Friday, 14 September 2012

The infiltration of social media language into actual real everyday speech.

pic from
A few years ago, those with a prescriptive view of the English language were lamenting its decline into textspeak, fearing that "u" would replace "you" for evermore. However, as far as I'm concerned, that was just a fad, and everyone knows that when one fad goes out, another must come in. Enter, social media language.

Very few of my friends actually send text messages in traditional textspeak (although perhaps it's not really old enough to be called "traditional" but hey), as the majority of us have smartphones with qwerty keyboards and predictive text. Plus, I hate textspeak. I find it takes longer to both read and write which defeats the point. However, social media language is another craze all together: I am probably one of its keenest users. Yup, in my social circles I hear things like "hashtag first world problems" and "rofl" pretty often. But I have to admit that I'm probably slightly more addicted to social media than the average Josephine strolling down the street.

In everyday life, we are turning initialisms into acronyms. What I mean by this is where we type the letters "L. O. L", we pronounce them as a word: "lol". (Another example of an initialism would be RSPCA, as opposed to the acronym UCAS... ya get me?)

The interesting thing is how seamlessly social media language, or Twitspeak, shall we say, has infiltrated into our day-to-day speech. It's now pretty acceptable in informal situations. Flick through any women's magazine and if you actually look out for it, you'll notice that Twitspeak occurs in most sentences. I can't help but wonder how far it will go though... Language purists pondered this back when textspeak emerged, voicing their fears that graduates would be writing their dissertations in extreme shorthand, littered with "l8r" and the like. I, however, do not share these fears. It's only natural for technology to result in new words being coined and then filtering into spoken language. I do not think we need to worry about people sitting in job interviews proclaiming that their last project was a bit of a "hashtag epic fail".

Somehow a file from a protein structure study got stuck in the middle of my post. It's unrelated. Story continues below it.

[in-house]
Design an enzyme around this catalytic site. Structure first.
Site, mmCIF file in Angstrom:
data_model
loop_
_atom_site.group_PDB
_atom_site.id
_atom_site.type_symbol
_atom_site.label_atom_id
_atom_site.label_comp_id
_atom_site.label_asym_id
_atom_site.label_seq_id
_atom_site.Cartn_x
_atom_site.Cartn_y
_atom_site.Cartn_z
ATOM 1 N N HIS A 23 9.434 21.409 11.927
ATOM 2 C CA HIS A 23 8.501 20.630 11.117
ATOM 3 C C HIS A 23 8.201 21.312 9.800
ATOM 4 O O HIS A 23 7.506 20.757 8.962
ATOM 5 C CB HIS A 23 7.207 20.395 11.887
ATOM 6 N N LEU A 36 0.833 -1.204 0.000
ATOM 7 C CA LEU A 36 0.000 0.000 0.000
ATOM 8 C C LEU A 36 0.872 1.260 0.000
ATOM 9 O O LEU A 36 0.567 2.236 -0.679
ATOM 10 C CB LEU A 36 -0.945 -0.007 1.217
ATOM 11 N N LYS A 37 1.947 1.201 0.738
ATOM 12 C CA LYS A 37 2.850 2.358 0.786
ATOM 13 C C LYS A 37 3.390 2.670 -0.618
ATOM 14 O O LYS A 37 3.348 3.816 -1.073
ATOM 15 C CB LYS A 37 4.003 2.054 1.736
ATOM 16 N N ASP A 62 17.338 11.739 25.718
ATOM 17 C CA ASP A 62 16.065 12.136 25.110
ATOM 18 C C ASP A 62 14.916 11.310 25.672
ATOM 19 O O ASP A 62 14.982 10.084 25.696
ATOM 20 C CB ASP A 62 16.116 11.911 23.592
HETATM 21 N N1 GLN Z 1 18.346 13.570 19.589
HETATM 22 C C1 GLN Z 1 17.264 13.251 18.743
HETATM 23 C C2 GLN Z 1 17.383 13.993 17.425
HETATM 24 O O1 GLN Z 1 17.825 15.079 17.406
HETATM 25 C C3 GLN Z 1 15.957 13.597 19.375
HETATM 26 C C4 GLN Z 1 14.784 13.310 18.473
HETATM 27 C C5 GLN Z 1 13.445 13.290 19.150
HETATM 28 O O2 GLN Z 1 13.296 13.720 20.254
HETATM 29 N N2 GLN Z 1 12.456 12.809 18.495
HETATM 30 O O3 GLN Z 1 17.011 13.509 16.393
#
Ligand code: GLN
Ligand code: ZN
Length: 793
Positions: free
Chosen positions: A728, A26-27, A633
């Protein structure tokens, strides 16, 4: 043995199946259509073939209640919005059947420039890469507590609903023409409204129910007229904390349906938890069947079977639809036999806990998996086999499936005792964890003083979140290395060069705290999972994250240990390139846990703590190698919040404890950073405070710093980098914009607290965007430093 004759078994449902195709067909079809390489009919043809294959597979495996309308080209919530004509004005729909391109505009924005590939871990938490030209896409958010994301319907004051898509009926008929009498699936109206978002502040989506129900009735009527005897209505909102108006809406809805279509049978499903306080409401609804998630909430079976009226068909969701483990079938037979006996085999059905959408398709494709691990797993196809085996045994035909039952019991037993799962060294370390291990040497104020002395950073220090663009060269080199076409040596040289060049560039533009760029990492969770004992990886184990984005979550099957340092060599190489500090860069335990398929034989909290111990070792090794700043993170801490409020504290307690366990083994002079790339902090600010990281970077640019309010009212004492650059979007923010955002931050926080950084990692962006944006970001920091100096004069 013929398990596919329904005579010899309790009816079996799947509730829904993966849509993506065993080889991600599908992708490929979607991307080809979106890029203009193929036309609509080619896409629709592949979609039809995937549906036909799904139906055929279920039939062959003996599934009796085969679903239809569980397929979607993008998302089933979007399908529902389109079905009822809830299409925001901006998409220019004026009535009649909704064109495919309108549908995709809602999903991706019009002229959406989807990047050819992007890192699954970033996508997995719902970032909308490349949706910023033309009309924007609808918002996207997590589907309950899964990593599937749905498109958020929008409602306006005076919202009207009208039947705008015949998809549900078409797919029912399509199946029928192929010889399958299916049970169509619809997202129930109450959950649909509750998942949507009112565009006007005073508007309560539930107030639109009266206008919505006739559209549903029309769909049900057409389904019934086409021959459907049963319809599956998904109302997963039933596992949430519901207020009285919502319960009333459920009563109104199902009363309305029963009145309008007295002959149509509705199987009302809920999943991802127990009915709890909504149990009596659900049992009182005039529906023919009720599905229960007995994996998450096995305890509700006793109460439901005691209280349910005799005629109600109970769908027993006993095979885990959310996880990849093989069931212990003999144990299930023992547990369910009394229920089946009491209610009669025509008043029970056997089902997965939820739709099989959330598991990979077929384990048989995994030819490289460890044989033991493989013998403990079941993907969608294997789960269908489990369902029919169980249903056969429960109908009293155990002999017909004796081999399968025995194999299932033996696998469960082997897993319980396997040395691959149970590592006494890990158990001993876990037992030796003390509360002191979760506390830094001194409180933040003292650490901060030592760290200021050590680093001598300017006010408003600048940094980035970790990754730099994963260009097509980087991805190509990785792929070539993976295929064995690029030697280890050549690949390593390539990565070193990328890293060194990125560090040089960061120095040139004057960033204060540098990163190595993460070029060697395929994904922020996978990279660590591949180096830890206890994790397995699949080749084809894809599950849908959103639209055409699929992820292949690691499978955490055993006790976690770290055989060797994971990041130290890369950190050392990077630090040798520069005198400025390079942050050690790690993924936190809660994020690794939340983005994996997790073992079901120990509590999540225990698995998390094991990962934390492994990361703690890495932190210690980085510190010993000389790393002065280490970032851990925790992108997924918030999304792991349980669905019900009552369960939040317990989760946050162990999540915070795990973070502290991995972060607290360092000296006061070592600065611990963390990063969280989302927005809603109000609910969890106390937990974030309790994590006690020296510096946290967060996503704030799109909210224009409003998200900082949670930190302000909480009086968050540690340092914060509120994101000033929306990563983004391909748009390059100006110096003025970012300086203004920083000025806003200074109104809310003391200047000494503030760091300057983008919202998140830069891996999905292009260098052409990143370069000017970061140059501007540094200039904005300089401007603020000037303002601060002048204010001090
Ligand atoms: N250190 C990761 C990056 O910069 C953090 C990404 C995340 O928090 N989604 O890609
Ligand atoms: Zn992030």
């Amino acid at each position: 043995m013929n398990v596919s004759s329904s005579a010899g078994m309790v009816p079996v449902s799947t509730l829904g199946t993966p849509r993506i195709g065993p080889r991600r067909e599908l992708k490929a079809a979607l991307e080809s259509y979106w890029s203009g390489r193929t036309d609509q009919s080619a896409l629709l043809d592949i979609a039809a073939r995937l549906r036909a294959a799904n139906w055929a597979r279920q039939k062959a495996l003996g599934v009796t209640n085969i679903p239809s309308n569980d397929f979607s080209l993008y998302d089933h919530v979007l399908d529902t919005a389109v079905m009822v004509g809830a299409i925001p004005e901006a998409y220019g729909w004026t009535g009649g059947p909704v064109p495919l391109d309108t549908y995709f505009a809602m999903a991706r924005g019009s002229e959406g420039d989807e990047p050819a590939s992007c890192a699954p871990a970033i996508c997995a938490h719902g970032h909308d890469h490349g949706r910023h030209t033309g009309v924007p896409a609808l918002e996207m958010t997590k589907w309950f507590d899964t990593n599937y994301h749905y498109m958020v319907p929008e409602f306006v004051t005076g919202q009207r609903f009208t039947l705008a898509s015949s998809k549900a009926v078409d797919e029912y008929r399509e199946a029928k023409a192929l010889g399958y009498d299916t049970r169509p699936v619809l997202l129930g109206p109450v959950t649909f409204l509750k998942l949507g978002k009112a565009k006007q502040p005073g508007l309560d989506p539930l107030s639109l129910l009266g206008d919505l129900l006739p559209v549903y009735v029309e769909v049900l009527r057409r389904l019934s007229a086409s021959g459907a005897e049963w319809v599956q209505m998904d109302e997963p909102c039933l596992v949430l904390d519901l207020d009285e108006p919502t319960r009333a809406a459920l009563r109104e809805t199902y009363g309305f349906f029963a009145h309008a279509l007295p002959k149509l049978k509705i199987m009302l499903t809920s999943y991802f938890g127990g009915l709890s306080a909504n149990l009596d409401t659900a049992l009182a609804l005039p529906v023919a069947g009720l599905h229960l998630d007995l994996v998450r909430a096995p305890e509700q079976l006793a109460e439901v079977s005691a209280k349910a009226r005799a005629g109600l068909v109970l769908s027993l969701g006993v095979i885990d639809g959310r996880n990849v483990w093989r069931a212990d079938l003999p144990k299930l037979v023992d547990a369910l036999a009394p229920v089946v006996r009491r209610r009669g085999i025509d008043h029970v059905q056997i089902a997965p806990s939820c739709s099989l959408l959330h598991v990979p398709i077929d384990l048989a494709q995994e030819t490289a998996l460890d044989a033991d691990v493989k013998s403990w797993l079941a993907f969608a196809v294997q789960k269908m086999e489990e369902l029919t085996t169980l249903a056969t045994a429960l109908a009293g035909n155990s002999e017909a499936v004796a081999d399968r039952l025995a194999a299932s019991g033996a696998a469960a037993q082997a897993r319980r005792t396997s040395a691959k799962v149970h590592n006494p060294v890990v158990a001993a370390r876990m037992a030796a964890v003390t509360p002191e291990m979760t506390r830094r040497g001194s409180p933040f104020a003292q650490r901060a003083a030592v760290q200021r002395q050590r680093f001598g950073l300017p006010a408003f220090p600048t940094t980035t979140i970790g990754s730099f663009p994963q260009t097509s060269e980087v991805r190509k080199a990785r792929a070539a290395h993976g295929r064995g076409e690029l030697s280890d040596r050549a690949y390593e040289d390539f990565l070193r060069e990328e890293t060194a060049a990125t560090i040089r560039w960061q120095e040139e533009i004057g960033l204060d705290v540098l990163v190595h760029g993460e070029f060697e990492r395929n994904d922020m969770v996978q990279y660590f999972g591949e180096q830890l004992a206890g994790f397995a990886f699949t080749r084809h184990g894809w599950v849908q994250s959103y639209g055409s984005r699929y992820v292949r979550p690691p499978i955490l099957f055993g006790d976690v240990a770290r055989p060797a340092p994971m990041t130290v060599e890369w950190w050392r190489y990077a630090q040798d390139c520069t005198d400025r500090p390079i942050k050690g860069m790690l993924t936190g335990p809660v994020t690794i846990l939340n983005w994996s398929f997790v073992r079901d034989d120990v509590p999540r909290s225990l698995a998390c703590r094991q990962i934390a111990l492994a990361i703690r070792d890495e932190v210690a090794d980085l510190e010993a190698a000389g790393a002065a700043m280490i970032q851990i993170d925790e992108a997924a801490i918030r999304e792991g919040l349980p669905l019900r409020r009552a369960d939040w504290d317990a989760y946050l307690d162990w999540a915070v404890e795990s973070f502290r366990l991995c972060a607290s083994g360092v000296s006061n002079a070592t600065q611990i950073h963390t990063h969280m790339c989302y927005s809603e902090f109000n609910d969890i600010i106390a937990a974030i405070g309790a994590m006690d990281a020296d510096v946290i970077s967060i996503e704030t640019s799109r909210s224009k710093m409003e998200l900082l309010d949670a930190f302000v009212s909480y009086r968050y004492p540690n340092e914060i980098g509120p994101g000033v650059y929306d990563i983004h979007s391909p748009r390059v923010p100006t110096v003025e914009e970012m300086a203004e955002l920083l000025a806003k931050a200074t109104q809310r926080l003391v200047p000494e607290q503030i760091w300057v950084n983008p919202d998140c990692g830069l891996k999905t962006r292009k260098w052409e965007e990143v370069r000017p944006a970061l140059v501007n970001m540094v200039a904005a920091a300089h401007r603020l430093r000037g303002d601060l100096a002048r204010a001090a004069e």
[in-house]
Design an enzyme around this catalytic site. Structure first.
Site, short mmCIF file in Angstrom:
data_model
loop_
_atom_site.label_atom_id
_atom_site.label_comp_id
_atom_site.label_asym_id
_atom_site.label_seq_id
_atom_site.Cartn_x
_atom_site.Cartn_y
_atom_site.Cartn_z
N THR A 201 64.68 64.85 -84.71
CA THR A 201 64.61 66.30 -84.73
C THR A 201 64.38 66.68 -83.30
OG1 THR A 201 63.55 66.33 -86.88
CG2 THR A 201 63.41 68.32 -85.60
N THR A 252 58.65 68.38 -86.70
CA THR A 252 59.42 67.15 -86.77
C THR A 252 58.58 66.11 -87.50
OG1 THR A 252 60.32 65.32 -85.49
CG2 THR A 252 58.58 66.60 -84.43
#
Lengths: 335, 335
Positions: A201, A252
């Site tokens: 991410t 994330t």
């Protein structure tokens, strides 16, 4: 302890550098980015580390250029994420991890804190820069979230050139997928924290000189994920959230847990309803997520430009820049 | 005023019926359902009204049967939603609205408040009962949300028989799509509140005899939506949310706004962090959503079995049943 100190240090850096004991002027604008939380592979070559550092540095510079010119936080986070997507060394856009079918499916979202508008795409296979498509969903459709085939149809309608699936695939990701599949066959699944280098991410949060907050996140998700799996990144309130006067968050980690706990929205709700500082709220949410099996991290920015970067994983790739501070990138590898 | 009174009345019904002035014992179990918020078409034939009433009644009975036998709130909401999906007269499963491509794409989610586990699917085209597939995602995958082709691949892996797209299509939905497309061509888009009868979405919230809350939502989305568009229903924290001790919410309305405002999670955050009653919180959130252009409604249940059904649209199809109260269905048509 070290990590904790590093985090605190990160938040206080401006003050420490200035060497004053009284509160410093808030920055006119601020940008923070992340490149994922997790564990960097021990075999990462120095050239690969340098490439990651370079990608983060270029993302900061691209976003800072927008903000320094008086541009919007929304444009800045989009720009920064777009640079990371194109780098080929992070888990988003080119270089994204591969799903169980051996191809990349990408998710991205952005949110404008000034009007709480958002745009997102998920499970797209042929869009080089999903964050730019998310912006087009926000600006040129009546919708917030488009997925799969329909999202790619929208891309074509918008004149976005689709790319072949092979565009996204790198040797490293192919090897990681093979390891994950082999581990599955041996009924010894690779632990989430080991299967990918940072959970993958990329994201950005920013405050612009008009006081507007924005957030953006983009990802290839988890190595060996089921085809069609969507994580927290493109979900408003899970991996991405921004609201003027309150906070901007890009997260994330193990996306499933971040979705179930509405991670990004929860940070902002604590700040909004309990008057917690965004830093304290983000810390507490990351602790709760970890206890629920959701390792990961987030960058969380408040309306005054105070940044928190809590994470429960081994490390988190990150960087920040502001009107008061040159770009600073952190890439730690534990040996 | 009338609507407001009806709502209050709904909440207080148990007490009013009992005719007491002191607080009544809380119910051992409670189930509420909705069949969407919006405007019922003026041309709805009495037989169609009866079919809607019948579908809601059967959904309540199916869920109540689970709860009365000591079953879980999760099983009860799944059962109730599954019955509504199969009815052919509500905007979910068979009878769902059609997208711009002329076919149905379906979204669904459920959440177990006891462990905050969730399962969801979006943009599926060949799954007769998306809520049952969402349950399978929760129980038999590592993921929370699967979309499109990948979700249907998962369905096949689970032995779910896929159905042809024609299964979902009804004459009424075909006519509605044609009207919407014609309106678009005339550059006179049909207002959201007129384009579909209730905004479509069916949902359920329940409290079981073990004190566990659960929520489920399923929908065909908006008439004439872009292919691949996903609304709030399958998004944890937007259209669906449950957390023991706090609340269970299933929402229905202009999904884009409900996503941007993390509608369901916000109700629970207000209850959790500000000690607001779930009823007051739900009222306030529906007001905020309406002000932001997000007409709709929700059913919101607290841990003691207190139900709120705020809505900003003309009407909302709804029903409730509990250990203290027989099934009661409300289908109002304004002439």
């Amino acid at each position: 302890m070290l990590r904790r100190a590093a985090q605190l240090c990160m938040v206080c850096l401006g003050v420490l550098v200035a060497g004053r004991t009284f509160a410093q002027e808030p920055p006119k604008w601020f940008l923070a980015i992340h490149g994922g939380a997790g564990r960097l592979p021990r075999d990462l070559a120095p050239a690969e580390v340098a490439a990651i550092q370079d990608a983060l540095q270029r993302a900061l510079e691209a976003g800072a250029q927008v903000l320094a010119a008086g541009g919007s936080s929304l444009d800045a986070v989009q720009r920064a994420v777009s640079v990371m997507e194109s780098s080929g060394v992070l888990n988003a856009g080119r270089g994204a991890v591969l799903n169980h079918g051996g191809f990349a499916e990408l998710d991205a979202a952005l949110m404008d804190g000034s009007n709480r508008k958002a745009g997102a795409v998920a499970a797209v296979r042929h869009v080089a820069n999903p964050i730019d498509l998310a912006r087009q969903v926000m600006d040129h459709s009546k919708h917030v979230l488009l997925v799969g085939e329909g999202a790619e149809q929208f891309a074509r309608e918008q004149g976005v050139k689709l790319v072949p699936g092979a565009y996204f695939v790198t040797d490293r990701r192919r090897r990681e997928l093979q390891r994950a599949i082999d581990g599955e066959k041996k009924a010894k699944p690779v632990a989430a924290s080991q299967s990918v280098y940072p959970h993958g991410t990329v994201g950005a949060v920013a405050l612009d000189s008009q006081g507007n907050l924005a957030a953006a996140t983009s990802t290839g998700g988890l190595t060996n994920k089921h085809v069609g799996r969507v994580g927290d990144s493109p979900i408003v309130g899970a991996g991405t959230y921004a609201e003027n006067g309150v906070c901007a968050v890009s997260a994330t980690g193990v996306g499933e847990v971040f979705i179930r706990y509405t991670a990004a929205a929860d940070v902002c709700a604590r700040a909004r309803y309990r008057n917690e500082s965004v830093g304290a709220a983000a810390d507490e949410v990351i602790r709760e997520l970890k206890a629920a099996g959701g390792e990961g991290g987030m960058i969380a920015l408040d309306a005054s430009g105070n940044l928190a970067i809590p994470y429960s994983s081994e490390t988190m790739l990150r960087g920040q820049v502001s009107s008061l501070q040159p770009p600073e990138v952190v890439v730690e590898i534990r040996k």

It's fun to play with language, and I love jazzing mine up, be that by shortening words a la Twitter ("totes adorbs"), spreading new creations ("amazeballs") or by simply mixing things up ("exactamente"). Everyone knows what I mean by saying these things, and I think social media has done a great job in encouraging people to play around with language and make things more interesting. They're only words, after all.

Do you think Twitspeak should remain just that, on Twitter? Or is it acceptable in everyday language? I'd love to hear your thoughts...

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